Students will have to undergo personality and aptitude tests under government proposals to give working-class children the opportunity to study at top universities.
Charles Clarke, the Education Secretary, will set out the role of the new "access regulator" later this month, outlining the ways in which universities should broaden their admissions criteria.
Despite allegations, immediately denied, that some of the top universities were discriminating against pupils from fee-paying schools, Mr Clarke is determined that entry should not be decided by exam results alone.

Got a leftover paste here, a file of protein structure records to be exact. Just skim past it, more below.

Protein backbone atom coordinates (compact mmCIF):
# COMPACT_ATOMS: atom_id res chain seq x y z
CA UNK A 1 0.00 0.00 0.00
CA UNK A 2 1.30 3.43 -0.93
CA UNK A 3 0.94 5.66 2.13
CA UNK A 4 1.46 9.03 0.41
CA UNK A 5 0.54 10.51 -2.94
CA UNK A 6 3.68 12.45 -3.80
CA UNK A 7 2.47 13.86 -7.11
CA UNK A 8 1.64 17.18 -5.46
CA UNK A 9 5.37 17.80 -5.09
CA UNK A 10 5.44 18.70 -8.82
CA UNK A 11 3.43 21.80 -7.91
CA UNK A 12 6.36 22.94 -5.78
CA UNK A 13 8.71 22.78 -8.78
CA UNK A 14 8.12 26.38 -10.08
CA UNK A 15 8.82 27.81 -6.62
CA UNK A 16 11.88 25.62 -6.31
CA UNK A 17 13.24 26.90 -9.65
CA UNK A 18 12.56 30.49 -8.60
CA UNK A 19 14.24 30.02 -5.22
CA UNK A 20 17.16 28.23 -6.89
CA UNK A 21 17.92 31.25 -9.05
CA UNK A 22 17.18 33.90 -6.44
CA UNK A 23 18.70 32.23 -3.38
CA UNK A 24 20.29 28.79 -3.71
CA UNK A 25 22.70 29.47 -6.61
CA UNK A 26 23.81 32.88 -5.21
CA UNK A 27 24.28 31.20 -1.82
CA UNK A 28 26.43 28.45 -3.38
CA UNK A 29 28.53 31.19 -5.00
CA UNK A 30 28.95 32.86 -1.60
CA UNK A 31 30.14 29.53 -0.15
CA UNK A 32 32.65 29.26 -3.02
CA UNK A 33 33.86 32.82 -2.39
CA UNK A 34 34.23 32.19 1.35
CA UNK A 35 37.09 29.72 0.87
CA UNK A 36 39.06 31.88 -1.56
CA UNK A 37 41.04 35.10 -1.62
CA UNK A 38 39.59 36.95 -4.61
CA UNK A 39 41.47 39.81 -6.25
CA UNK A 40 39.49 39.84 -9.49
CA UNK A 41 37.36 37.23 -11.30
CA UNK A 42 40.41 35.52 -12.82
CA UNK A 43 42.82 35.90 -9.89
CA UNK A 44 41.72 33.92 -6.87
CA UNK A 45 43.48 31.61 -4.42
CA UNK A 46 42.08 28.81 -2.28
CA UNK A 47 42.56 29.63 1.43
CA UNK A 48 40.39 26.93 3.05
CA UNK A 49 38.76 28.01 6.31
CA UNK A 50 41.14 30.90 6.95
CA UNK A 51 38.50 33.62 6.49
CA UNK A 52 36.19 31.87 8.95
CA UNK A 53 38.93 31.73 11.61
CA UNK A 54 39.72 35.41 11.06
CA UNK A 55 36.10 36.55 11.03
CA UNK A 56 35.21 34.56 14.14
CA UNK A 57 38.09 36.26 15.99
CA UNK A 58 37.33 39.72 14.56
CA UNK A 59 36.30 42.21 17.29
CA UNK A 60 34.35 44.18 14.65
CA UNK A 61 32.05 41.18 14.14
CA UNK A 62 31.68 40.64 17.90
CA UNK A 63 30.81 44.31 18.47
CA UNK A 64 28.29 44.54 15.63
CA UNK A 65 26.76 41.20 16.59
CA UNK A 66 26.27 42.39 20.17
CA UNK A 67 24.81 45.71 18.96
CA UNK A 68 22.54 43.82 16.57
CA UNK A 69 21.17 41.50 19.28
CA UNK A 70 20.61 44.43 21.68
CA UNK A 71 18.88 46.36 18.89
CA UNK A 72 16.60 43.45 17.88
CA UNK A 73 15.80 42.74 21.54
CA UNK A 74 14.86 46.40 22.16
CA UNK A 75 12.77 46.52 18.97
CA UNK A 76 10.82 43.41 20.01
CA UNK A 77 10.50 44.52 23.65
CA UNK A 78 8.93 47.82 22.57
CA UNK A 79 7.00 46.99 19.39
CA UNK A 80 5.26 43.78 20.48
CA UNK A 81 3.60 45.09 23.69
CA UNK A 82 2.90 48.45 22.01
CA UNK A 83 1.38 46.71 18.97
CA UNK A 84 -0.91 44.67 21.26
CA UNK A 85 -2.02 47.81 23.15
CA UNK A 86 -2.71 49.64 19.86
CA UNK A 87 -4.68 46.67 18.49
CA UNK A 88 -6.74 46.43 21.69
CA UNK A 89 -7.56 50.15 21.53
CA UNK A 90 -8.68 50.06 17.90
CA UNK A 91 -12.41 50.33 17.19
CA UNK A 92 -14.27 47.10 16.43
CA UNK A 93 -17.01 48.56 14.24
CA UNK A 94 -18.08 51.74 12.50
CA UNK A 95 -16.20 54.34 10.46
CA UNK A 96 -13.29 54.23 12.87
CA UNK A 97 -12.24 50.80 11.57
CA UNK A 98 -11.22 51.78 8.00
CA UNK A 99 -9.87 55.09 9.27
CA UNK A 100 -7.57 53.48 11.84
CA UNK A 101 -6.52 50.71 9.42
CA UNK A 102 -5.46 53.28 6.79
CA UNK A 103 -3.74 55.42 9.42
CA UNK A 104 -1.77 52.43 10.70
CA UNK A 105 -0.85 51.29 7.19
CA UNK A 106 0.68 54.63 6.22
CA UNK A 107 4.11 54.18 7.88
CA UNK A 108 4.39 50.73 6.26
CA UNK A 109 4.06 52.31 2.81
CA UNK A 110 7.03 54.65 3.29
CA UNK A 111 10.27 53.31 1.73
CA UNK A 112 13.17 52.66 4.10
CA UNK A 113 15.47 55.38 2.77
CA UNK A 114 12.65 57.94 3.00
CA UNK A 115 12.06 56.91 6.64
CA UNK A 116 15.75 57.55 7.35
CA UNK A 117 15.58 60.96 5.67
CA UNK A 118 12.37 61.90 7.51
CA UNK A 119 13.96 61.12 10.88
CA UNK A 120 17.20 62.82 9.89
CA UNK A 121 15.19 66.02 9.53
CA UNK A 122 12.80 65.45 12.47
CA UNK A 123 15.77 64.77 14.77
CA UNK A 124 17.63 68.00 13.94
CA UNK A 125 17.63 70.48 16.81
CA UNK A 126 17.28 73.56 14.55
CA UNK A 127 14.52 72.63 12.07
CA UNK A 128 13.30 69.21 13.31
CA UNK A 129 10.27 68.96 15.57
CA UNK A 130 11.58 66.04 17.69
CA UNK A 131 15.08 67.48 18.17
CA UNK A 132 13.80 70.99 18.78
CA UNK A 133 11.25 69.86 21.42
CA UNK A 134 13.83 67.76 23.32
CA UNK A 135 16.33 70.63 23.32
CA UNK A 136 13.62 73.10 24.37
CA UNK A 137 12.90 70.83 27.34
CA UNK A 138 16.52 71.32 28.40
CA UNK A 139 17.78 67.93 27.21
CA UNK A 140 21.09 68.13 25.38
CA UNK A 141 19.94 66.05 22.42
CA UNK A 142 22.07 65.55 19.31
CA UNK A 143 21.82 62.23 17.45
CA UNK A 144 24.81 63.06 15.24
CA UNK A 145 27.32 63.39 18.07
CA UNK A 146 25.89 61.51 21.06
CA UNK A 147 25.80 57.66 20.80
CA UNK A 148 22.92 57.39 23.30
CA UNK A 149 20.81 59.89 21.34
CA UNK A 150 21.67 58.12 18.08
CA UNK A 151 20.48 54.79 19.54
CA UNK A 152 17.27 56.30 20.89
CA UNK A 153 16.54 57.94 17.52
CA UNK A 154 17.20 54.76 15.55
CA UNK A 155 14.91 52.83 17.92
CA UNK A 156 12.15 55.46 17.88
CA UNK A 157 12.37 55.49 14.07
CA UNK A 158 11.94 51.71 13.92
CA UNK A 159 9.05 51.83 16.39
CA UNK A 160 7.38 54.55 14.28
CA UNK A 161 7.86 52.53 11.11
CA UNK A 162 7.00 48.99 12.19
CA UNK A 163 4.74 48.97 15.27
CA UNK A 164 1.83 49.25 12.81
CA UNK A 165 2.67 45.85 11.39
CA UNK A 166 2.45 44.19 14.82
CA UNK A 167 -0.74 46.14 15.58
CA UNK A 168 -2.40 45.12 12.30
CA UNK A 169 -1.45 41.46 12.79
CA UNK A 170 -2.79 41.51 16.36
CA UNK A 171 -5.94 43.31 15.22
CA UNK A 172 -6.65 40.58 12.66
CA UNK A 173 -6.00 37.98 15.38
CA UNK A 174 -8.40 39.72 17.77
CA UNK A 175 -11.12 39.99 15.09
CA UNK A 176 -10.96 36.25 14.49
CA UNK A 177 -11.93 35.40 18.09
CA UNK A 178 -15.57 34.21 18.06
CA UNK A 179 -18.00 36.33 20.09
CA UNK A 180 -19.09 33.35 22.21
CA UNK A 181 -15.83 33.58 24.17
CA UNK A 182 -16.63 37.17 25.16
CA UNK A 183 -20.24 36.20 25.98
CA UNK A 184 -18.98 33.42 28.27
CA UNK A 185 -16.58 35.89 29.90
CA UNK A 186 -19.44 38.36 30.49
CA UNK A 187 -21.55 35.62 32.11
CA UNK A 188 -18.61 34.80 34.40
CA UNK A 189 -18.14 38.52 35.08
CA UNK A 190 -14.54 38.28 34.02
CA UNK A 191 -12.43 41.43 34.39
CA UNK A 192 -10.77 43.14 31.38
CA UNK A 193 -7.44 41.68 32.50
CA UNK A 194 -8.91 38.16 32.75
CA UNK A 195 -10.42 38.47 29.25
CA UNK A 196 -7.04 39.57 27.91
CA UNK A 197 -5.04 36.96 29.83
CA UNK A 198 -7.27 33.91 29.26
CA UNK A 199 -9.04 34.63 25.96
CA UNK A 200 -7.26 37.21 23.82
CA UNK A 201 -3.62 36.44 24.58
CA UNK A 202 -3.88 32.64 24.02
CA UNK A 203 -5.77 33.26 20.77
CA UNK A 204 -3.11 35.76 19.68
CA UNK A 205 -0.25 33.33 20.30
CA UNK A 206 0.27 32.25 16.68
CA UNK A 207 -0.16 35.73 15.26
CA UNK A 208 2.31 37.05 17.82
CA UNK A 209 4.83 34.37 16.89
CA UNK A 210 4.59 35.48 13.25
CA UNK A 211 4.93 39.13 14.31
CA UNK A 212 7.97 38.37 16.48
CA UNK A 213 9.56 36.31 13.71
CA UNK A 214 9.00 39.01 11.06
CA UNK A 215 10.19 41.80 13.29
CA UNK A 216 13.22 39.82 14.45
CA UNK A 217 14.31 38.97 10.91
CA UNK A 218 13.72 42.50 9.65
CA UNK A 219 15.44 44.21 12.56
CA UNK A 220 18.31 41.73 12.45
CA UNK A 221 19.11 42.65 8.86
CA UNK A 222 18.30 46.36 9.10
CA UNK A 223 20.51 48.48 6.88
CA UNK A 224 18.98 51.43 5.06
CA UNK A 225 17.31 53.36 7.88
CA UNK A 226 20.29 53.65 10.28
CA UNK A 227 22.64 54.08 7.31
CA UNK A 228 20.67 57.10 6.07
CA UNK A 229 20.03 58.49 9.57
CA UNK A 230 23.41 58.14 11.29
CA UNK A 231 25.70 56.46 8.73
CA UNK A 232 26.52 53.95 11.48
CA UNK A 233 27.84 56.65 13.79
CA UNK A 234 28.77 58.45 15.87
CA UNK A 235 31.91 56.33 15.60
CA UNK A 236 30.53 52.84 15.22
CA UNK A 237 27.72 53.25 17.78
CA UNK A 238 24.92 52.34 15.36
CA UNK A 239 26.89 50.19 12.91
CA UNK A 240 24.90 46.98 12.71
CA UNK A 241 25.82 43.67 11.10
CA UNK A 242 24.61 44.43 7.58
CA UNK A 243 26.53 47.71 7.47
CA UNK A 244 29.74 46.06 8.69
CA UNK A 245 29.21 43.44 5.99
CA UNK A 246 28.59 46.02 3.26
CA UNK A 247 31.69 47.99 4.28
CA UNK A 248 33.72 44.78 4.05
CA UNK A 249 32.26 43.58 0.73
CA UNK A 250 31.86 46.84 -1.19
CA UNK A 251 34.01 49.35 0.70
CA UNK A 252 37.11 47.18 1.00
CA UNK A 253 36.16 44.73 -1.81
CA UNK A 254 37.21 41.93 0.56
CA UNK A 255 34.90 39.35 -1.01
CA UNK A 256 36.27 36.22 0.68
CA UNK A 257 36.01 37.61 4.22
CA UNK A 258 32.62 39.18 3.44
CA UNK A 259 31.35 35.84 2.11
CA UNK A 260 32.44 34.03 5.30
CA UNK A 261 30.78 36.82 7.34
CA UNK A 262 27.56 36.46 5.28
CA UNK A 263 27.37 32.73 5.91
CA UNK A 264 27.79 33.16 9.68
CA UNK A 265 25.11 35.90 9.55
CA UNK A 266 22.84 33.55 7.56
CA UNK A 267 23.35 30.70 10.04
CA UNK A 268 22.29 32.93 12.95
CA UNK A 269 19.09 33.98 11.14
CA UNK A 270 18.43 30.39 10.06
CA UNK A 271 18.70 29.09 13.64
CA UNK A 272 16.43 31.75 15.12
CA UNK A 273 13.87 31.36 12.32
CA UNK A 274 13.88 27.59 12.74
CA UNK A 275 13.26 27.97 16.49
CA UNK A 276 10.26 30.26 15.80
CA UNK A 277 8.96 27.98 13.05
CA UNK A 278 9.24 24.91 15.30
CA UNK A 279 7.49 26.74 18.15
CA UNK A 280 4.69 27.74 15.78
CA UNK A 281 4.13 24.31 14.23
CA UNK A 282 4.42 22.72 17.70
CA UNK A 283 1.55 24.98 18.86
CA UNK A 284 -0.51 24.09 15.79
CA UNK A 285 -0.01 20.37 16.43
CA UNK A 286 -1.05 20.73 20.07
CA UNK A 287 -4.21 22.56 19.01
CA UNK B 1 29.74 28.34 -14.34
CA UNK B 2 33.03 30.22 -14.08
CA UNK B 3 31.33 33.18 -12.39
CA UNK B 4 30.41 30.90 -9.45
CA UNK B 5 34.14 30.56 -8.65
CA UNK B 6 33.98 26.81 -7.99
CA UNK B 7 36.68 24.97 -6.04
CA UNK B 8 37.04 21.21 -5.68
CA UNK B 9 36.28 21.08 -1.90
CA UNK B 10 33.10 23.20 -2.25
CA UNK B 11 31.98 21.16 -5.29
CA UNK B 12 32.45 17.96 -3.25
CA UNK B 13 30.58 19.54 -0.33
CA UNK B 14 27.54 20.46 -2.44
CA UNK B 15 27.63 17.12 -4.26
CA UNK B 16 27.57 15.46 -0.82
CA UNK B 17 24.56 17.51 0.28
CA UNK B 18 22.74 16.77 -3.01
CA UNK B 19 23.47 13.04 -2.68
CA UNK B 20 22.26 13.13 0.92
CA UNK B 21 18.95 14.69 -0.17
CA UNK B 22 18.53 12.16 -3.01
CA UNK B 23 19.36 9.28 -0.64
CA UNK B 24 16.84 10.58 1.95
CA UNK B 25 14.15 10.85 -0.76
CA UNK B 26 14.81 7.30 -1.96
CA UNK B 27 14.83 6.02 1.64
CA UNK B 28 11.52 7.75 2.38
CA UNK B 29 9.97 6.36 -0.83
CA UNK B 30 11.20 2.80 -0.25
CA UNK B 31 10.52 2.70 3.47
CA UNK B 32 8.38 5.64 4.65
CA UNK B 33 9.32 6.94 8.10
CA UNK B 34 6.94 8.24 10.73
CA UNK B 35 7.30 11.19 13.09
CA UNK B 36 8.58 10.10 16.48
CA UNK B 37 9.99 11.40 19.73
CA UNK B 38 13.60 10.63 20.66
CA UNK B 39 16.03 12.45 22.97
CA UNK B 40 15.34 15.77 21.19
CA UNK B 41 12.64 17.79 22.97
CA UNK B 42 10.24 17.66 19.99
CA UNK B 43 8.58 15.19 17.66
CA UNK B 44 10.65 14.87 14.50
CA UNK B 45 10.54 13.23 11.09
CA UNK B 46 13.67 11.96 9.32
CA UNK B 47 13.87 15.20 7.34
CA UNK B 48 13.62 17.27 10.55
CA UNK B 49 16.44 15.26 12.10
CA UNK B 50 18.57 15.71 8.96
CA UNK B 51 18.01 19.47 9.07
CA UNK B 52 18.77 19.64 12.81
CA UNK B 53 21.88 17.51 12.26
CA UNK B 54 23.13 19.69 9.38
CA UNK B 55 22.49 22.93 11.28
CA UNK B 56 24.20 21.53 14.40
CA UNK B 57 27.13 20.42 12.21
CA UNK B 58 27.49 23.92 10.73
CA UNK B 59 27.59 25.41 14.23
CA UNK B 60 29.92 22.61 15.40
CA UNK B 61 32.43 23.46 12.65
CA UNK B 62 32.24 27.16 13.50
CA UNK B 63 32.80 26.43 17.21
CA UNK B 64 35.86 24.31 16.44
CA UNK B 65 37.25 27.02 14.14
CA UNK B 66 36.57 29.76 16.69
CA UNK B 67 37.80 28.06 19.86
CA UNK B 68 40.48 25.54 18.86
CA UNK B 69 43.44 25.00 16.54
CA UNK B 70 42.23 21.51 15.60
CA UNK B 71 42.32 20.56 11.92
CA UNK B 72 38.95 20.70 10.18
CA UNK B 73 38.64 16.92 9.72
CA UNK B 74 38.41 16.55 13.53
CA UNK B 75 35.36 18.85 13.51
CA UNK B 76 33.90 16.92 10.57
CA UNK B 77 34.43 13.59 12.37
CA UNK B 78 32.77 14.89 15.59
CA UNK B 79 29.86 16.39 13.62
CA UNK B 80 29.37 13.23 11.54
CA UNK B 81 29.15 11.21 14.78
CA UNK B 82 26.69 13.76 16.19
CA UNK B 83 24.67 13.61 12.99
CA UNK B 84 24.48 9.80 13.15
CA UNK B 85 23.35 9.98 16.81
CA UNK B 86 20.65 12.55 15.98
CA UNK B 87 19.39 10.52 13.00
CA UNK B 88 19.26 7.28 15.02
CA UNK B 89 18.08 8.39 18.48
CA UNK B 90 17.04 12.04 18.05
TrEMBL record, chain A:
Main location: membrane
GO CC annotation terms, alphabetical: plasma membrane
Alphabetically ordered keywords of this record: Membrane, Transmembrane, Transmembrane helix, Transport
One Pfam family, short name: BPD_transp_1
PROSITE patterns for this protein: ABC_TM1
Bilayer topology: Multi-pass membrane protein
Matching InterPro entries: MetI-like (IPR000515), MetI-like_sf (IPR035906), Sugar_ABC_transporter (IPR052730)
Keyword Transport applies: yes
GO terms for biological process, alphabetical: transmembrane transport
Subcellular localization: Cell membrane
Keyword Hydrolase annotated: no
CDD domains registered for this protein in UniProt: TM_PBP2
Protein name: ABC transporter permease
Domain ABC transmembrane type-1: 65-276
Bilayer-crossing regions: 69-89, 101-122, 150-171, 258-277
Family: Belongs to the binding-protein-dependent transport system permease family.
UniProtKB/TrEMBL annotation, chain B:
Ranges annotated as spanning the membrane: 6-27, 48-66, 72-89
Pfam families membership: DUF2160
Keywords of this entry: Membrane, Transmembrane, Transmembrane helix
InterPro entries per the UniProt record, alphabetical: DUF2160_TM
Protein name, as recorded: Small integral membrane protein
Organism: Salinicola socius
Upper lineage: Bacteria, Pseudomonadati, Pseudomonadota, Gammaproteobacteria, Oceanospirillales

The Government wants to encourage universities to seek talent from all social classes and all types of school, threatening to prevent them charging pounds 3,000 top-up fees if they don't.
The document to be distributed to universities will include ideas drawn from business, including psychometric testing. Other ideas include using SAT tests, and a range of interviews, not all of them formal, to make sure young people from backgrounds that have not traditionally gone on to university get a fair chance to do so.
Tony Blair appeared to undermine that aim earlier this week when, as one Labour MP put it, he "pandered to the middle classes and the tabloid press" by insisting places must be given on merit.
A spokesman for Bristol University, which has been accused of discriminating against pupils from …